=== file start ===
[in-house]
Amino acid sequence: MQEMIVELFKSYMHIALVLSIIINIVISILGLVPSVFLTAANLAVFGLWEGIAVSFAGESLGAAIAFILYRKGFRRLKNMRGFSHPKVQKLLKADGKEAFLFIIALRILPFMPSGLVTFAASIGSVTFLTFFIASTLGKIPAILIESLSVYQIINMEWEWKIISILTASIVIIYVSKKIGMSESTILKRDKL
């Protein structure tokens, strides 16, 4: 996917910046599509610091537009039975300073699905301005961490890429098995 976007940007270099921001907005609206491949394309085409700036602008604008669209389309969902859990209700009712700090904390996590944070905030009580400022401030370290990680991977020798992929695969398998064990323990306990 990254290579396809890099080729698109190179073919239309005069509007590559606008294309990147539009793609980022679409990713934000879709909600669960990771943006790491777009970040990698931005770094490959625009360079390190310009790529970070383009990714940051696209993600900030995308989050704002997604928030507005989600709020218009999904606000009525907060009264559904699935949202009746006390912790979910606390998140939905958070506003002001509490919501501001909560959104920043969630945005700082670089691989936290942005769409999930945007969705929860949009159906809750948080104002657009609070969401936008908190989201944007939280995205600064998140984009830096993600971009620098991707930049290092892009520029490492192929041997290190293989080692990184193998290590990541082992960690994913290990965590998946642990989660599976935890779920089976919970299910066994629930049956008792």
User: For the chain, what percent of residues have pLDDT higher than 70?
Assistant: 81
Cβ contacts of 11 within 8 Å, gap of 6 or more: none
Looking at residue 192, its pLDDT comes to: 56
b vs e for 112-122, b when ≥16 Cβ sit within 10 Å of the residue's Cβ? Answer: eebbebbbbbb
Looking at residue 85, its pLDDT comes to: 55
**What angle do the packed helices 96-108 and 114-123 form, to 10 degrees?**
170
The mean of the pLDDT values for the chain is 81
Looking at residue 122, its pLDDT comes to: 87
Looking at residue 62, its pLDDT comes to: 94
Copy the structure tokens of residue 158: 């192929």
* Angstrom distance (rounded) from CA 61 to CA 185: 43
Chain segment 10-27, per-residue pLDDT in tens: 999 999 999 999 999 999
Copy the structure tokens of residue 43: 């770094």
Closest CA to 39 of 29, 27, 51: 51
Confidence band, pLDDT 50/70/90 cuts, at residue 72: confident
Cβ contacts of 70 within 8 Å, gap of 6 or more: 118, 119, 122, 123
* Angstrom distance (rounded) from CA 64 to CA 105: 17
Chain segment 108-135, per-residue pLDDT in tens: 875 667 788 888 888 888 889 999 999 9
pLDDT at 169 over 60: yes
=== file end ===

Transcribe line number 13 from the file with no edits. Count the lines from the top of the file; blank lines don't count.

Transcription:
Looking at residue 122, its pLDDT comes to: 87